Nasal-irrigation devices called neti pots are involved in two recent deaths believed to be caused by amoebas that entered people’s brains via their sinuses while using the pots, health officials say.
In both cases in Louisiana, the neti pots were filled with tap water instead of the recommended distilled or sterilized water. The water was then flushed up their noses, a deadly amoeba called Naegleria fowleri found its way to their brains, where it caused an infection that destroys brain tissue and can kill its host within days.
If confirmed, the incidences will be the first in which the amoeba survived the water treatment process.
“Nearly all the cases have resulted from exposure to warm recreational water, such as ponds, rivers and lakes, and the kind of exposure where the water would be forced up the nose,” said Jonathan Yoder, an epidemiologist with the U.S. Centers for Disease Control and Prevention. “In the last 15 years, I’m not aware of other cases associated with treated drinking water.”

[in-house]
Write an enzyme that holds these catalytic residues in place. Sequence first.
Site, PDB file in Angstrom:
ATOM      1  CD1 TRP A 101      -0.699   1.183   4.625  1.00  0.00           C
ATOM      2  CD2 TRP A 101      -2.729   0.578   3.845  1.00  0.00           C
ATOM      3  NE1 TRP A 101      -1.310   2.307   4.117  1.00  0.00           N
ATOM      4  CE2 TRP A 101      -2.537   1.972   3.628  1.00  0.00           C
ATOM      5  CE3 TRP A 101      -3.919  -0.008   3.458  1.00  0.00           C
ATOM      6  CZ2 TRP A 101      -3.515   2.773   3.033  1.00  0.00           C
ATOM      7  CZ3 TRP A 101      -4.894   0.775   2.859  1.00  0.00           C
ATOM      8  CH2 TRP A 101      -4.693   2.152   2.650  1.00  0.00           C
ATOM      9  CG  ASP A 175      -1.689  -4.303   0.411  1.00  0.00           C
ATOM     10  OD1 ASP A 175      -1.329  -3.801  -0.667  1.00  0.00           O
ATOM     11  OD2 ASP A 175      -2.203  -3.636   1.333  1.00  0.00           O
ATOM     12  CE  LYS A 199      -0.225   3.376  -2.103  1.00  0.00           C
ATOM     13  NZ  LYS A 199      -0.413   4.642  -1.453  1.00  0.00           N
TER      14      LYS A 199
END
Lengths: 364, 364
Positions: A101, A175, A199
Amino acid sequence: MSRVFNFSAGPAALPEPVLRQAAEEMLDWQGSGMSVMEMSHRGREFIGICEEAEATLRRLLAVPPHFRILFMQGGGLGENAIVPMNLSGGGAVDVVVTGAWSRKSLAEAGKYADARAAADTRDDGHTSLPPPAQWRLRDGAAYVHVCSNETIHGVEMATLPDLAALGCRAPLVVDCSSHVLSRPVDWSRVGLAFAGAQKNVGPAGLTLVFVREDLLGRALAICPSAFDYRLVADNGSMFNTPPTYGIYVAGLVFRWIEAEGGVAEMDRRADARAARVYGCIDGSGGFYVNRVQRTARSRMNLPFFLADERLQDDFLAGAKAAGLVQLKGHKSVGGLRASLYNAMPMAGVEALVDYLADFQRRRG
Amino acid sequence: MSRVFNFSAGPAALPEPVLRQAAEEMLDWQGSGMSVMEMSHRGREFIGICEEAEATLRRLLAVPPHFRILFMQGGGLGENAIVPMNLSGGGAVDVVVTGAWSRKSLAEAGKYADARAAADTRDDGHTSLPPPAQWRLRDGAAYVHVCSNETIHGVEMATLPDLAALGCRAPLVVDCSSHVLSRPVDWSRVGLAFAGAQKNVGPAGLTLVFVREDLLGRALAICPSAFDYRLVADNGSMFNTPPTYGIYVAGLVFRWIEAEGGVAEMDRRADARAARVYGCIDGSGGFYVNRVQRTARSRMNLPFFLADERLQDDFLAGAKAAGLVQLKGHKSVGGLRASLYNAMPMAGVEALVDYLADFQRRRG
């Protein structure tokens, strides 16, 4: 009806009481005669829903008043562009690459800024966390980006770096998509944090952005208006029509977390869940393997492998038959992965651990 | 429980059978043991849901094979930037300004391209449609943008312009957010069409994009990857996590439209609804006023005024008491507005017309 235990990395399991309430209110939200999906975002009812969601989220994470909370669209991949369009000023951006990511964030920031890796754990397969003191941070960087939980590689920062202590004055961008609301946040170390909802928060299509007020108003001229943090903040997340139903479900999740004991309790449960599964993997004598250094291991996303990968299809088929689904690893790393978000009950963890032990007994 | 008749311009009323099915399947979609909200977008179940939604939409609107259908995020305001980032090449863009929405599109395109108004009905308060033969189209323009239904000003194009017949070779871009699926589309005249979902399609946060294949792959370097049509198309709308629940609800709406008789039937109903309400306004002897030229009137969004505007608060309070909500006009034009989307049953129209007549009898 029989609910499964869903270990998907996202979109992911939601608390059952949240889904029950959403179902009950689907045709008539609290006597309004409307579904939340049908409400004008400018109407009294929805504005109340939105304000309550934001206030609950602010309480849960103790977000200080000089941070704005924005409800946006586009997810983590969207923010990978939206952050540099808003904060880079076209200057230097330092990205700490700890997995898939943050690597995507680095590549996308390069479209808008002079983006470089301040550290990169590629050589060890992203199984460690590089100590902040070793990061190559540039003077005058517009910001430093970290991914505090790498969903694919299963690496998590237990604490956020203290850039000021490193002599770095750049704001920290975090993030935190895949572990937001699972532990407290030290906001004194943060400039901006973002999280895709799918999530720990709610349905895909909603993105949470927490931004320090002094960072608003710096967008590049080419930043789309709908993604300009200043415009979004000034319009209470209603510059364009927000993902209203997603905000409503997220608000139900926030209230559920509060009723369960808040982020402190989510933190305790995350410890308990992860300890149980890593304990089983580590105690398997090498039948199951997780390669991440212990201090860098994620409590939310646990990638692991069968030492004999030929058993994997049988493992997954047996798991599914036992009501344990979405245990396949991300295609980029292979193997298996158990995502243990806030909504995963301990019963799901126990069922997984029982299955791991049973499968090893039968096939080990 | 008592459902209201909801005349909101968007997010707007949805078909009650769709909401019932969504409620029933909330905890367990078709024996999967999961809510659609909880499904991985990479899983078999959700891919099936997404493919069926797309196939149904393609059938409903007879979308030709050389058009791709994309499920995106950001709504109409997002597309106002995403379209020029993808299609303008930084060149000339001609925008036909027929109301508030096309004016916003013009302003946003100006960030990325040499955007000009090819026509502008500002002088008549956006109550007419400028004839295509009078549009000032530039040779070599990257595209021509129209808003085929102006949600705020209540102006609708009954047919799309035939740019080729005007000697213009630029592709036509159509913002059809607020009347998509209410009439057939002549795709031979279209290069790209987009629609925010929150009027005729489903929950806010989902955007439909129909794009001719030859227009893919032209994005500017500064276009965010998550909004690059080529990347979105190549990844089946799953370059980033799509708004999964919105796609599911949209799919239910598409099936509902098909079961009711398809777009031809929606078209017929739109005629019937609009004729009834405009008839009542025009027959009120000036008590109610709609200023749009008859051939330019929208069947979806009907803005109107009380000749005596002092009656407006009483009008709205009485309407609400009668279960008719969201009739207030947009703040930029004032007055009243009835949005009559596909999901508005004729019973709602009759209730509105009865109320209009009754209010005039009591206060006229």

Chlorine, a part of the water treatment process, may kill 99.9 percent of amoebas, parasites, bacteria, viruses in water – but not all, he explained.
“While we say our drinking water is safe, it’s not sterile,” Yoder adds.
N. fowleri infection is rare in the U.S. Just 32 cases have been documented between in the past decade, according to the CDC.
Symptoms of primary amebic meningoencephalitis, the infection caused by the amoeba, include headache, fever, nausea, vomiting, and a stiff neck – later symptoms include disorientation, seizures, and hallucinations. Symptoms may not appear for up to a week after exposure.